Reflected Cross Site Scripting

Reflected Cross-site Scripting (XSS) is a client-side code injection vulnerability that allows malicious JavaScript payloads to be injected within a user-supplied input, which is then reflected back within the web server’s response and executed on the client-side by the victim’s web browser. Since the entire attack is completed in a single request and response, it is known as a Reflected Cross-site Scripting vulnerability.

Server Side Request Forgery

In a Server-Side Request Forgery (SSRF) attack, the attacker can abuse functionality on the server to read or update internal resources. The attacker can supply or modify a URL which the code running on the server will read or submit data to, and by carefully selecting the URLs, the attacker may be able to read server configuration such as AWS metadata, connect to internal services like http enabled databases or perform post requests towards internal services which are not intended to be exposed.

Session Fixation

Session Fixation is a type of attack on web application users where an attacker is able to trick a victim into using a Session ID which is previously known to the attacker. If the application fails to generate a new session ID every time a user authenticates, an attacker can obtain a valid session and then trick an unsuspecting user into authenticating with the attacker’s session ID, thereby allowing the attacker to impersonation as an authenticated user.

SQL Injection

SQL Injection is a type of code injection vulnerability that allows an attacker to interfere with the queries an application makes to its database. By injecting malicious SQL code, an attacker can read database content and thus gain access to sensitive information, modify or delete data, and in some cases execute administrative operations on the backed SQL server.

Stored Cross Site Scripting

Stored or Persistent Cross-site Scripting (XSS) occurs when the user-supplied input is stored on a web application and then rendered within a web page. Typical entry points are blog comments and user profiles. An attacker typically exploits this vulnerability by injecting XSS payloads on popular pages of a web application or by passing a link to a victim, tricking them into viewing the page that contains the stored XSS payload. When the victim visits the page, the payload is executed client-side by the victim’s web browser.

Token Exposure in URL

Exposed session tokens are a common and often overlooked security vulnerability caused when a user session id, API token or sensitive session data is included in a GET request. This can result in sensitive session data being exposed or logged by an application server e.g. web server logs, proxy logs or third-party analytics and monitoring applications and further increase the likelihood of session information being exposed to malicious actors.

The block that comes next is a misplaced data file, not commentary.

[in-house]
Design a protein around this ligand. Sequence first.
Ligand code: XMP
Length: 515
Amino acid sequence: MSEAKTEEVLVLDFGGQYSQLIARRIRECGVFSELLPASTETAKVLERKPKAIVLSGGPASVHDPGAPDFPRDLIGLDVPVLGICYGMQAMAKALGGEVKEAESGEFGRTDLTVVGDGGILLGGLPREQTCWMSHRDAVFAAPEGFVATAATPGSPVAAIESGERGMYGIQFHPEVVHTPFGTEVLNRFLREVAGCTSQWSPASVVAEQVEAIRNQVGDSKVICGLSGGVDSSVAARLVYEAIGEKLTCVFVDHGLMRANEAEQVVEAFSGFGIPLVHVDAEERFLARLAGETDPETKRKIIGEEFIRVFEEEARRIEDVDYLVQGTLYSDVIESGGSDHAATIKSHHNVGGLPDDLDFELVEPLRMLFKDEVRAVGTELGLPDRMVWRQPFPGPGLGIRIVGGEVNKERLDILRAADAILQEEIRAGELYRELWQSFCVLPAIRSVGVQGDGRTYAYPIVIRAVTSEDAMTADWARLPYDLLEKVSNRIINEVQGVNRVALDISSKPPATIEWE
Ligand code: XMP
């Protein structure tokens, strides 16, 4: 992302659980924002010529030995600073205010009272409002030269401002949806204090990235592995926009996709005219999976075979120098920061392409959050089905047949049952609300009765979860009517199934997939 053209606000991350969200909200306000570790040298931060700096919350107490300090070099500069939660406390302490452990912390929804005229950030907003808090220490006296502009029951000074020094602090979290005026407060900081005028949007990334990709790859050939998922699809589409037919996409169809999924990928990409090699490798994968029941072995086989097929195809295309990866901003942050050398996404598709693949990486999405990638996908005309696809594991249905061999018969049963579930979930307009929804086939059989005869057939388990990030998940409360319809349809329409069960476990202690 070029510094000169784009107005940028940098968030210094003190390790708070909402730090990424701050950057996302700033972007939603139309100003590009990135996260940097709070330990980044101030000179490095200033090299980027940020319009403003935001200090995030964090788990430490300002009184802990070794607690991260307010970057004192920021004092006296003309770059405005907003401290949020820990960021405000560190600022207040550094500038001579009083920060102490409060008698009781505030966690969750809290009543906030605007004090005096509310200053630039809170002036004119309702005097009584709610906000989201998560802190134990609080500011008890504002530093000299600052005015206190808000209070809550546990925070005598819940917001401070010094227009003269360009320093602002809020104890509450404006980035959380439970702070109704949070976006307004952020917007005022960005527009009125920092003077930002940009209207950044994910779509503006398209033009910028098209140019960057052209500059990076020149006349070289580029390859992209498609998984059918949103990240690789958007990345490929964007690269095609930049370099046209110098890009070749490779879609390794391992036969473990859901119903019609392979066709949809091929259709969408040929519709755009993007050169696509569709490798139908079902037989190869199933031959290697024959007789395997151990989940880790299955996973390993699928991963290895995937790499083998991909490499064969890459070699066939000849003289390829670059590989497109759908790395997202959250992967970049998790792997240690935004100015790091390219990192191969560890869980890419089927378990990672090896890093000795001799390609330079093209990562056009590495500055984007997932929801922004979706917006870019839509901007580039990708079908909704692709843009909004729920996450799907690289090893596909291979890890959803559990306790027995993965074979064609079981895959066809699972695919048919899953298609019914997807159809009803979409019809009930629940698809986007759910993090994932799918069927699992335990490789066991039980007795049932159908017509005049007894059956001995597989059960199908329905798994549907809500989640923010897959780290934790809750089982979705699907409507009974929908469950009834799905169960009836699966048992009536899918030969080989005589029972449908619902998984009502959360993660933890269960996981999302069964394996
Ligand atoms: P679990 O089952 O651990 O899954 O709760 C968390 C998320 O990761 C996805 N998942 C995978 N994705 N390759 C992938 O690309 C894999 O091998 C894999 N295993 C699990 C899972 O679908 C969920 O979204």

Use of Insufficiently Random Values

Vulnerabilities associated with weak or insufficient randomness occur when an application generates predictable values in a context requiring unpredictability. This includes cryptographically weak tokens, predictable session cookies or incremental identifiers. The possibility to predict valid values can allow attackers to infer sensitive information or even impersonate other users.

User Enumeration

Username Enumeration or credential harvesting refers to a type of attack that gives a malicious actor the ability to determine and enumerate the presence of a username within a specific application and further automates the process of identifying multiple valid usernames. Brute-force techniques are often used to either guess user information, or confirm previously guessed information. It’s usually web applications that are most vulnerable to this kind of attack, although in truth user enumeration vulnerabilities can arise in any system that requires user authentication.

Vertical Privilege Escalation

Access control refers to constraints on who can perform what actions or access which resources. Vertical access control restricts access to sensitive functionality to particular user types, for example allowing only administrators to access an admin page. Vertical privilege escalation happens when sensitive parts of the application are not sufficiently protected and a user can thus gain access to functionality or resources they are not permitted to access.

XML Entity Injection

XML External Entity (XXE) Injection is an attack targeting applications that transmit data between browser and server in XML format. By intercepting and modifying the data, an attacker can exploit potentially dangerous features of standard XML libraries, such as the parsing and loading of external entities, in order to gain access to the server’s filesystem or to interact with backend systems that the application has access to.